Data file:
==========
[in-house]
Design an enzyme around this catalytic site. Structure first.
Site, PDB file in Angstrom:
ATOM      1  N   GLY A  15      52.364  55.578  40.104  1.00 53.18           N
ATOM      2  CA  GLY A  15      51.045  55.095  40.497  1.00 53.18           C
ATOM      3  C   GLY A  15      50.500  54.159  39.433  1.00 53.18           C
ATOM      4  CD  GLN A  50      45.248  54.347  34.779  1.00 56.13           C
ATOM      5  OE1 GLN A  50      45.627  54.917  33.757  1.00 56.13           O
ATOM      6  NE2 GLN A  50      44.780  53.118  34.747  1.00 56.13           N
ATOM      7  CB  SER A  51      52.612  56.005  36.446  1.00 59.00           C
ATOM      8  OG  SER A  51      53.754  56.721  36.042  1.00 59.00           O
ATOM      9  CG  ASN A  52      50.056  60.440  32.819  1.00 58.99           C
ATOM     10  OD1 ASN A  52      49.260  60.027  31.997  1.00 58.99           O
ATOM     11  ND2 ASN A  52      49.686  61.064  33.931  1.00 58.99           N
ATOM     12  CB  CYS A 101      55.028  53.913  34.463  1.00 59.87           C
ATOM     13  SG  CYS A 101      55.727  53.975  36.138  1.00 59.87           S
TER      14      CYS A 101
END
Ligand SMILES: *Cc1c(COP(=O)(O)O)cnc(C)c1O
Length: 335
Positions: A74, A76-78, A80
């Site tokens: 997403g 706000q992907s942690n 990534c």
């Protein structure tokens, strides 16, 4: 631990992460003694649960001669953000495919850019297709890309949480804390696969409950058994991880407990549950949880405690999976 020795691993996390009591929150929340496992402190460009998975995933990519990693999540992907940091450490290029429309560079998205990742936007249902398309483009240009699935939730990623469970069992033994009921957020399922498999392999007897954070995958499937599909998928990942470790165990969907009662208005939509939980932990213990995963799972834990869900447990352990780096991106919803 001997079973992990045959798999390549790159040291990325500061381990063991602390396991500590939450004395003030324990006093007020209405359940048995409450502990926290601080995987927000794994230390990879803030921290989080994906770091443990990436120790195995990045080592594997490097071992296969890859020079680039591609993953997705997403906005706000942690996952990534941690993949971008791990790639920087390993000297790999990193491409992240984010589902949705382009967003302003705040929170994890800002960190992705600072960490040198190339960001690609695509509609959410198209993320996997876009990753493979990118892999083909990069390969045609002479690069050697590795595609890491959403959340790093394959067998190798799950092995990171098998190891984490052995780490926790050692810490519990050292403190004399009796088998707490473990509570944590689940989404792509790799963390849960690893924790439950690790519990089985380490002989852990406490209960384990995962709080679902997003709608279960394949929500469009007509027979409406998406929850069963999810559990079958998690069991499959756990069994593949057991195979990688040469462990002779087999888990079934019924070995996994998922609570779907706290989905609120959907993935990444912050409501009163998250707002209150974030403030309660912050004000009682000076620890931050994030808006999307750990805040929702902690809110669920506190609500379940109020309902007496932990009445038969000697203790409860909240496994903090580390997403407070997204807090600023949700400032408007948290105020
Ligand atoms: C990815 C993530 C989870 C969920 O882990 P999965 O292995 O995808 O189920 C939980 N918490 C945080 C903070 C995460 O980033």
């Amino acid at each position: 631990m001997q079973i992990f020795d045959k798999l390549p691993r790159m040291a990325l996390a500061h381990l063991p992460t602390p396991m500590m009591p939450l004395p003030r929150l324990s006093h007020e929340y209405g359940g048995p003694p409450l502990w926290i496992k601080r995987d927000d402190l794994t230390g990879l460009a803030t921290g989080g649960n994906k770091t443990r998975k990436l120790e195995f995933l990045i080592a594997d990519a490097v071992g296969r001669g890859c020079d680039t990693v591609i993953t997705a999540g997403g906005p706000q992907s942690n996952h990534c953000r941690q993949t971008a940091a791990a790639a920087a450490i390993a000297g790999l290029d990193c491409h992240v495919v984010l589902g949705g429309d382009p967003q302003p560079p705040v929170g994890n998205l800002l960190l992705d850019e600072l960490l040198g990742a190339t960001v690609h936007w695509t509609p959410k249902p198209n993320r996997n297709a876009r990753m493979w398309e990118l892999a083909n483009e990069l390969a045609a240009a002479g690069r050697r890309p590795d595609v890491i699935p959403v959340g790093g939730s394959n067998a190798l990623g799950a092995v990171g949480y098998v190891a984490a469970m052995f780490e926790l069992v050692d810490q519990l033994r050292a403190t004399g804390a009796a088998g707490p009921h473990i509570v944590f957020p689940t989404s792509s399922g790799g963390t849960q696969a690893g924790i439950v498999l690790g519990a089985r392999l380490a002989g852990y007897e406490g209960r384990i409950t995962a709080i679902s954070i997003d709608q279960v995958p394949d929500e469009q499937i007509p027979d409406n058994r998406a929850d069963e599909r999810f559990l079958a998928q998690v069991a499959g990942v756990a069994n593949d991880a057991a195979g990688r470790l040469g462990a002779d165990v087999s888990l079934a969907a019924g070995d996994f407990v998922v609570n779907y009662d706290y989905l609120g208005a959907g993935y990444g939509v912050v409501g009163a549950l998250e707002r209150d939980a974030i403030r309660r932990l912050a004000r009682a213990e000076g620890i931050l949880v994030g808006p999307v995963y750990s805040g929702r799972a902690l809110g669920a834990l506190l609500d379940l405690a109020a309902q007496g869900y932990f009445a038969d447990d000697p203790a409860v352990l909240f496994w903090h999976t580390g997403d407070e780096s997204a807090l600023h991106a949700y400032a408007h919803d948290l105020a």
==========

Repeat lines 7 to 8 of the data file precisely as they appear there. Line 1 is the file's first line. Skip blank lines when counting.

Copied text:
ATOM      4  CD  GLN A  50      45.248  54.347  34.779  1.00 56.13           C
ATOM      5  OE1 GLN A  50      45.627  54.917  33.757  1.00 56.13           O